Yes Man Review
Jim Carrey is one of those American comedy stars that people seem to either love or hate, with no middle ground in between. Until watching 'Yes Man', I belonged quite firmly to the latter group. In previous outings like 'Ace Ventura - Pet Detective' and its follow up as well as a string of other irritating movies, I'd found his gurning, rubber faced antics just a bit too manic and over the top to be funny but with 'Yes Man' he's found a story that doesn't seem so contrived and makes him more appealing to a wider audience thanks to a slightly more mature performance.
It's loosely based on British writer Danny Wallace's book about a guy who agrees to say yes to every opportunity that presents itself.
Carrey's character, Carl Allen, works in a savings and loan company (that's American for a Bank) and hasn't moved up the corporate ladder in 5 years, preferring the safe option of staying within his comfort zone as well as declining loans to people who apply for them. Outside of work he's divorced and stays at home watching DVDs rather than becoming involved in life. He says no to most offers.
A friend drags him along to a 'Say Yes' convention fronted by a charismatic preacher type character played with some credibility by Terrence Stamp, probably because he played a similar character in 'Bowfinger'. Carl is put on the spot and agrees to a covenant to say yes to everything that's put in front of him.
Now this is where the fun begins - and I did find it genuinely funny, not in a hysterical way, but there were some real laugh out loud moments and the whole movie hooks you with anticipation of just what the next situation might be.
As Carl leaves the convention hall he's asked by a 'bum' (translation - tramp, wino, rough sleeper) if he'll give him a lift in his nice car to the local park. Much to the vagrant's surprise Carl says “Yes” and the fragrant fellow admits that most people say “No”, although things seem to be picking up around the hall lately. On the way to the park, the chancer avails himself of Carl's mobile phone and money due to his host's inability to use the 'N' word. Later, our hero's car runs out of fuel and as his mobile battery is flat he can't call out the American equivalent of the AA so is forced to make the long lonely walk to the petrol station with a gallon can.
There he meets the love interest, Allison, played by Zooey Deschanel who has a great dry wit and is gorgeous into the bargain. She also gives him a lift back to his car on her scooter and one thing leads to another. You see how good things come from saying “Yes”?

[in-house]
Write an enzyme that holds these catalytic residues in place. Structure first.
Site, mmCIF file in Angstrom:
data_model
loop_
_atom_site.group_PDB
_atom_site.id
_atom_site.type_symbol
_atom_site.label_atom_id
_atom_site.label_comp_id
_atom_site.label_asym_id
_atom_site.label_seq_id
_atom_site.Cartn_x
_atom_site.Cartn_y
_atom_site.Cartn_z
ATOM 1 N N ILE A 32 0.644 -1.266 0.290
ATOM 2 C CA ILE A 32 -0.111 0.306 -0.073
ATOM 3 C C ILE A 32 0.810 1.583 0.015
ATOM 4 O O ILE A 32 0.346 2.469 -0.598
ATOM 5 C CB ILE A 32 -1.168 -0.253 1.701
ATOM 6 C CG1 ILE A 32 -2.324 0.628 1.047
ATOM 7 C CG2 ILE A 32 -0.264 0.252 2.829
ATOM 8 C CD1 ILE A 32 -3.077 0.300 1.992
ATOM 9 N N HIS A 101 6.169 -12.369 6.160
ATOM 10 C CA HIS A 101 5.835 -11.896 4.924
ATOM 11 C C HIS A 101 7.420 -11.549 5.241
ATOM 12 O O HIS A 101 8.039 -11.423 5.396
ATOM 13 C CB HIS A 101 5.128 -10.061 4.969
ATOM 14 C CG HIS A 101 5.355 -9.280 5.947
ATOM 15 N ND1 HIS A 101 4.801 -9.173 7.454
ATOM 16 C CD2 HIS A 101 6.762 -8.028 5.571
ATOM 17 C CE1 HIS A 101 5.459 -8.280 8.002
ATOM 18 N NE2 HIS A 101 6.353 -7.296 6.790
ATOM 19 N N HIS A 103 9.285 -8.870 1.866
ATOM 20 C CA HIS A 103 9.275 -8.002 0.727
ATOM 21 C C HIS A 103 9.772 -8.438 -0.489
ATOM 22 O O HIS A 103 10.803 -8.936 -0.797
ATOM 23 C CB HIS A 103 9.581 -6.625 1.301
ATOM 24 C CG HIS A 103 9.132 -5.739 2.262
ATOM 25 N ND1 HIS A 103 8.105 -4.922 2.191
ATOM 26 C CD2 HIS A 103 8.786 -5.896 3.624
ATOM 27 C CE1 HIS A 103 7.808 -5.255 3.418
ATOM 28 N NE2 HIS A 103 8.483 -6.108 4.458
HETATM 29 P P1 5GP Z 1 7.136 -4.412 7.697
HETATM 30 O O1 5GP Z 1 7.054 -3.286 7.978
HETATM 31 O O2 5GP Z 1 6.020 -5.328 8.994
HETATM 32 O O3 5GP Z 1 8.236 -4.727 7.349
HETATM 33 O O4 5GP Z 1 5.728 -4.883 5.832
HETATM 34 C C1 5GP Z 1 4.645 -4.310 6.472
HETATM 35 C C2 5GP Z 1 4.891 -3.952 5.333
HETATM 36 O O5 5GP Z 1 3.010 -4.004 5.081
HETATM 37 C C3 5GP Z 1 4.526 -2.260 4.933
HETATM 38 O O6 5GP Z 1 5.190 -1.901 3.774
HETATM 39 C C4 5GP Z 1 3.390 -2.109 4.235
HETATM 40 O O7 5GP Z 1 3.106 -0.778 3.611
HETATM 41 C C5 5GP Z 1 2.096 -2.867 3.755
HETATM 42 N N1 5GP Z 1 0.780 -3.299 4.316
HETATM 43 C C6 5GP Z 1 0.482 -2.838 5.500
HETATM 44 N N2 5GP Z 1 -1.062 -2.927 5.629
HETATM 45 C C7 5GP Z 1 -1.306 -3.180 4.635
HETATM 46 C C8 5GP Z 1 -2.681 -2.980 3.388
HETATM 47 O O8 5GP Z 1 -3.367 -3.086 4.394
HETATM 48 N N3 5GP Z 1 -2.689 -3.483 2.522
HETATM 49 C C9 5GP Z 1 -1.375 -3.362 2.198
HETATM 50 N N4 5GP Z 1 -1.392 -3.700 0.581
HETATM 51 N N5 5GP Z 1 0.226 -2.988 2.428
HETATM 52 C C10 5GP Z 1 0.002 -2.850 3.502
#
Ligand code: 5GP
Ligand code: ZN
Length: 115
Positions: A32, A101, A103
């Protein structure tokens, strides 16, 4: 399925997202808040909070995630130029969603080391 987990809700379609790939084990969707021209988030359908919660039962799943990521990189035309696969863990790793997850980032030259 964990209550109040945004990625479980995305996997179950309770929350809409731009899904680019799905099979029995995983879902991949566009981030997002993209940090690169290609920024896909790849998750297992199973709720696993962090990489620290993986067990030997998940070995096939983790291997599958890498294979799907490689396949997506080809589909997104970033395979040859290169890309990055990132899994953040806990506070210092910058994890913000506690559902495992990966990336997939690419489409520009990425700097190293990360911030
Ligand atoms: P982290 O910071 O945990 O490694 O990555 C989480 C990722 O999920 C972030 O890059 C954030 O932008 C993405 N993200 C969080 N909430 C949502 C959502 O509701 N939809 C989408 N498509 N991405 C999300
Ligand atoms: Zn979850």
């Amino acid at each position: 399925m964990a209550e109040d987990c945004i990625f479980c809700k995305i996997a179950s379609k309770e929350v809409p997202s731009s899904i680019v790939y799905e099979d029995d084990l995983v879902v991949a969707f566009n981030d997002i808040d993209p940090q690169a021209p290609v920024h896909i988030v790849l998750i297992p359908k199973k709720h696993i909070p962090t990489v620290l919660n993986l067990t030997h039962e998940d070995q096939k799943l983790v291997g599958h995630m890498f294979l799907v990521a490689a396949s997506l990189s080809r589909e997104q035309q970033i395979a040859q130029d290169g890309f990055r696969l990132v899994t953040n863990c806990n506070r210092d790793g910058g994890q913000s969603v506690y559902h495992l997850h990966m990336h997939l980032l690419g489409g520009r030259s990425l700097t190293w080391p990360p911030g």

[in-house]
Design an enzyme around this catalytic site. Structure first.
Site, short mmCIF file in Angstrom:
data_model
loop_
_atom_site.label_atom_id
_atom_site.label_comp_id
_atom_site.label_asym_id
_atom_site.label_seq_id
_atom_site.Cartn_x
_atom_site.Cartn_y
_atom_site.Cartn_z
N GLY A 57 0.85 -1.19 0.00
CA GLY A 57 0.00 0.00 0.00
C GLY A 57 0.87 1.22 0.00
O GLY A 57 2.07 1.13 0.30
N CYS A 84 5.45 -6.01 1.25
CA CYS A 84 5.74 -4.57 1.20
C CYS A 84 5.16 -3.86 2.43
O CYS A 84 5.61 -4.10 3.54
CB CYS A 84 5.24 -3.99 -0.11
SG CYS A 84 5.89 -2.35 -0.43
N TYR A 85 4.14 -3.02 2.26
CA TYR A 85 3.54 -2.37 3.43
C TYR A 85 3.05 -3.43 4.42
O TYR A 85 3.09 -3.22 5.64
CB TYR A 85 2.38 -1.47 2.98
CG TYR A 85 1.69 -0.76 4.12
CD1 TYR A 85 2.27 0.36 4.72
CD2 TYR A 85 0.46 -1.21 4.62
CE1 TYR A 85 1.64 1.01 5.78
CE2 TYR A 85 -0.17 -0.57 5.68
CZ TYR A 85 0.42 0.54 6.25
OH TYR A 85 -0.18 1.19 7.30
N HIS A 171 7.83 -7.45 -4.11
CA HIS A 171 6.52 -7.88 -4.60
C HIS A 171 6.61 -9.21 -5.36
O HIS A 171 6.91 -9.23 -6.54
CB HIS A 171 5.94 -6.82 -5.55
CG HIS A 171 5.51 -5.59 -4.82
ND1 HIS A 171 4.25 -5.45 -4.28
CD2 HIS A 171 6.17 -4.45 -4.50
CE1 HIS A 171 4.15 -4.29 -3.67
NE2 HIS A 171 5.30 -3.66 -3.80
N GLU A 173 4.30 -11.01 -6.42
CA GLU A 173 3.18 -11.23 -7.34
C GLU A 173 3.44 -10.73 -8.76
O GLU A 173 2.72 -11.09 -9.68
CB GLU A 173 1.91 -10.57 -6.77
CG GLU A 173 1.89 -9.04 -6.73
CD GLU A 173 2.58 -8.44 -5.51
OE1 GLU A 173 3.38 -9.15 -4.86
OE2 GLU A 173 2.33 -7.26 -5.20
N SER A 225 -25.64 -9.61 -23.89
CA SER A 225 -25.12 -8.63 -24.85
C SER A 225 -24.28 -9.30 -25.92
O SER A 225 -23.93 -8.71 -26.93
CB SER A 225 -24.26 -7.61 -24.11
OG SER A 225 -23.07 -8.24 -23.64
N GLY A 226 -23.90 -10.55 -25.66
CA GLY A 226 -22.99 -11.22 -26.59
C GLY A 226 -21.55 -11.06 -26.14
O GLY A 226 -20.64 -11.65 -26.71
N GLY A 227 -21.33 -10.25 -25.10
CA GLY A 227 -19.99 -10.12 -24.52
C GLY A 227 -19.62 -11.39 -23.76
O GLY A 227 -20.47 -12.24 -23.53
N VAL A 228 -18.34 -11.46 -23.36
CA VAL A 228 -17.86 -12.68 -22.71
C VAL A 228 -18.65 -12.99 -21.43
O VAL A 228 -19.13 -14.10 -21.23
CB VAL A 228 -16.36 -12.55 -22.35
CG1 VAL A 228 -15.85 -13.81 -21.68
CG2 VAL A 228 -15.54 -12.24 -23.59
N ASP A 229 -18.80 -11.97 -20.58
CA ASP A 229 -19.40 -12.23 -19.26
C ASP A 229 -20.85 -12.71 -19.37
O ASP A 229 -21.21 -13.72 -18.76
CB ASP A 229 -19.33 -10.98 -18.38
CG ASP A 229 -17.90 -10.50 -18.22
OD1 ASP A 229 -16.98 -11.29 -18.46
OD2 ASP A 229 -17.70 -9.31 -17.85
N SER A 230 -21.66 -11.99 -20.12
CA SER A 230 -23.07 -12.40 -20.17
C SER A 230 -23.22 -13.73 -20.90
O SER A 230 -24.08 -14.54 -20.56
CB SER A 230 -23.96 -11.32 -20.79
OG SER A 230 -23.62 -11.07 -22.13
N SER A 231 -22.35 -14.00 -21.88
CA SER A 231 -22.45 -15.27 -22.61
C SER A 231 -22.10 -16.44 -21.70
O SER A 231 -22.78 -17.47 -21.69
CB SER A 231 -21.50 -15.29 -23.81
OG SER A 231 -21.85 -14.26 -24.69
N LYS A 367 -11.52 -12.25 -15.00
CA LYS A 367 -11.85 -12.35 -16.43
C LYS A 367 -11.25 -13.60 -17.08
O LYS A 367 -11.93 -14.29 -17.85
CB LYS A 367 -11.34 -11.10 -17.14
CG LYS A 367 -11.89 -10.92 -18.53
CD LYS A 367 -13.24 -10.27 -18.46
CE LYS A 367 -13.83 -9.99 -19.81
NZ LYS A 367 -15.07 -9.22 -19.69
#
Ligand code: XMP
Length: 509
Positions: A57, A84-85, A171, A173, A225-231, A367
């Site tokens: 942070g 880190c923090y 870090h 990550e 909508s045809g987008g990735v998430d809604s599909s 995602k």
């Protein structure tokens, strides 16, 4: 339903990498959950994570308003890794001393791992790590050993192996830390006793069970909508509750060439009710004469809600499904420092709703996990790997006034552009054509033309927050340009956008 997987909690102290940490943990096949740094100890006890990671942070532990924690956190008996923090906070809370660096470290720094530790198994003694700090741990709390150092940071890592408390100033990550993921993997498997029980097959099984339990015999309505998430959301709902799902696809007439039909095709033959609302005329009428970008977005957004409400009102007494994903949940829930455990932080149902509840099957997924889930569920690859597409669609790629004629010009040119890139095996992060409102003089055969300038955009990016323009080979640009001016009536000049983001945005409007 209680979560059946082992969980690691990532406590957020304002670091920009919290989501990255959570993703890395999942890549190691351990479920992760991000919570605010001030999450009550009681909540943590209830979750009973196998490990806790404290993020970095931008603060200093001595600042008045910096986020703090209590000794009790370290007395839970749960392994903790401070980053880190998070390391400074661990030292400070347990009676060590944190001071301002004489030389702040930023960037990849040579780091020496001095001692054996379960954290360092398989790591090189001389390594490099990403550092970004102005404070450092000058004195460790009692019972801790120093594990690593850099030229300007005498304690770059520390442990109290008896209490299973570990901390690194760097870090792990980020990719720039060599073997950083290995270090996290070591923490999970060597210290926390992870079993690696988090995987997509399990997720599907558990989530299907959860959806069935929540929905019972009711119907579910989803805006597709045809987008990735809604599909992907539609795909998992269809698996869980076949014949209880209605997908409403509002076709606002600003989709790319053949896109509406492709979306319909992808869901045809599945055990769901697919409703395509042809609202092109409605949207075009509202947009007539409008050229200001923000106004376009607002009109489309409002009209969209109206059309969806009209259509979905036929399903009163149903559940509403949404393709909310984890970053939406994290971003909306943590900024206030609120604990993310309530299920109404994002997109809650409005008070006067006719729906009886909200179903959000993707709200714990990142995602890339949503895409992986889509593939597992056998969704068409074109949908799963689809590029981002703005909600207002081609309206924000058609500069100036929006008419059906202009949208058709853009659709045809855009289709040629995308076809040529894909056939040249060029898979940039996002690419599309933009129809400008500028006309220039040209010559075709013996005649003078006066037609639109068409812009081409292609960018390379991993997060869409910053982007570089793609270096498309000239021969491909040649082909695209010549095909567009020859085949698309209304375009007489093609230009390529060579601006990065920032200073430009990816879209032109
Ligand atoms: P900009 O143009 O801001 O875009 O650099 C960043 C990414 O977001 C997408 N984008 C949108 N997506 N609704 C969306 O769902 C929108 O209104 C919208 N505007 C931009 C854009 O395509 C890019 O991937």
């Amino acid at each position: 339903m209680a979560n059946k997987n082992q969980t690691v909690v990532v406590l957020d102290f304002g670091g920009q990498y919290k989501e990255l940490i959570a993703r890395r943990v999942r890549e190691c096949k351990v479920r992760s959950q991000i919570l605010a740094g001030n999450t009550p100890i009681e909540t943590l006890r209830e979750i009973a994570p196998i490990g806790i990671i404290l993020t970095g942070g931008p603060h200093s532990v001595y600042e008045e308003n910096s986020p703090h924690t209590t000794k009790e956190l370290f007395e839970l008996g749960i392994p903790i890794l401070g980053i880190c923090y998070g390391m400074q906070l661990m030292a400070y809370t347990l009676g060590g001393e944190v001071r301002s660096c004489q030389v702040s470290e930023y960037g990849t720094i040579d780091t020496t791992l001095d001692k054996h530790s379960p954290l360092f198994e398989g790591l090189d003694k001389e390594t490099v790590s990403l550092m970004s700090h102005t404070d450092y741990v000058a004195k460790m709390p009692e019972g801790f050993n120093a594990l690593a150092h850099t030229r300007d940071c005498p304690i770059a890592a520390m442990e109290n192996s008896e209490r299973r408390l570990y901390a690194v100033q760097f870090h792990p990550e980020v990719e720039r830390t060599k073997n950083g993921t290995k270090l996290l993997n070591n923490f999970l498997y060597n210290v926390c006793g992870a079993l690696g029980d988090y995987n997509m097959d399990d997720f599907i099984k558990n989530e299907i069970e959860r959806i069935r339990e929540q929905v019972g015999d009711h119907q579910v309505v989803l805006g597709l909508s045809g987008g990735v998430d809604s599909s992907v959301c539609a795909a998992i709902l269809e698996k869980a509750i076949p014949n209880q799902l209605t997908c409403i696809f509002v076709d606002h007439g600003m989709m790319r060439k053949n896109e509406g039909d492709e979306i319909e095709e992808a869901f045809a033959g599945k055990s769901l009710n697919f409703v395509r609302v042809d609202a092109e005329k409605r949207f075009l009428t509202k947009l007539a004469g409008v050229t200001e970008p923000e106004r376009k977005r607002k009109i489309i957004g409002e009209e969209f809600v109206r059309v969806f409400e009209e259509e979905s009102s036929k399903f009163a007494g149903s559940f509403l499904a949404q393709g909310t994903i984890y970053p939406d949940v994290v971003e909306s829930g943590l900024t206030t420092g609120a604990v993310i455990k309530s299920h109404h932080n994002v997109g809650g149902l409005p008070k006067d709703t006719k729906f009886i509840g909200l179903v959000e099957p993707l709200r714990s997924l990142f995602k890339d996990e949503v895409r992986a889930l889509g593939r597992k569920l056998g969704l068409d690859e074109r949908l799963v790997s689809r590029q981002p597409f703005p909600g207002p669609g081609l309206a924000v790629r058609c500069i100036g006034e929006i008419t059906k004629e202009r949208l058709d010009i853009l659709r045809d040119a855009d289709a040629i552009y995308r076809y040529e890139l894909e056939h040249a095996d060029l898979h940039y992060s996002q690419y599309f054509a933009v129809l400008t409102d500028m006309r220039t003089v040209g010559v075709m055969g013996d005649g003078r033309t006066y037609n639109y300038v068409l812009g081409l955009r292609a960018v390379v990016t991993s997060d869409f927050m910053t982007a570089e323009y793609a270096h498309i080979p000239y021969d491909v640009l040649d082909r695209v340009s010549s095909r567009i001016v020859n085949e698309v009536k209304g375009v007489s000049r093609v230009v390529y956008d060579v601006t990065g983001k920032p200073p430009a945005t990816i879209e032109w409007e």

In old Hollywood tradition boy meets girl, boy loses girl but does he get her back in the end?
Probably the funniest of all the situations is where he's propositioned by his ageing lady neighbour, played by Fionnula Flanagan, but I won't spoil it by giving away too much detail. Let's say you'll have to suck it and see.
Now, someone who says yes to everything is a pretty dangerous person to have in a Bank, particularly when they start dishing out loans to anyone who applies for one.
His ineffectual boss Norm, played by New Zealand funny man Rhys Darby, just lets him get on with it as he doesn't seem to mind what his employee does as long as he likes his boss. I felt the movie was skating on thin ice here as the current recession was triggered by American Banks taking on risky loans - and many people who have been adversely affected by it just won't find this funny. It's the American love of black humour that seems to be the root of this and I just found it a bit uncomfortable.
But hey, relax, it's a comedy after all.
Eventually, all of Carl's 'micro-loans' are noticed by senior management and he's called to a meeting with his immediate boss and 'corporate'. Could this be the end of his career?
The supporting cast is excellent.
Rhys Darby, from 'Flight of the Conchords,' who plays Carrey's boss bears a strong visual resemblance to Mike Myers in his Austin Powers guise. Danny Masterson and Bradley Cooper are Carrey's best friends. Along the way he runs into John Michael Higgins, Molly Sims and Luis Guzman (as a potential jumper) - all faces that you recognise the minute you see them as they're great modern character actors.
The movie is directed with some style by Peyton Reed, who gave us most memorably 'Down With Love,' the visually witty Renee Zellweger/Ewan McGregor romantic comedy homage to the Doris Day/Rock Hudson films of the 1950's.
'Yes Man', in itself, is no Oscar winner but it rises above being the usual unimaginative time slot filler as it has a certain amount of charm, due in no small way to the generally consistent level of humour maintained throughout the movie.
It's all very enjoyable stuff and there's nothing to tax a tired brain so you can just sit back and become involved in it. It avoids being sickly sweet with the love story element and there's no really 'bad taste' humour to make you wish you were somewhere else.
So even if you're not really a Jim Carrey fan, there's enough about this movie to make you want to “Say Yes”.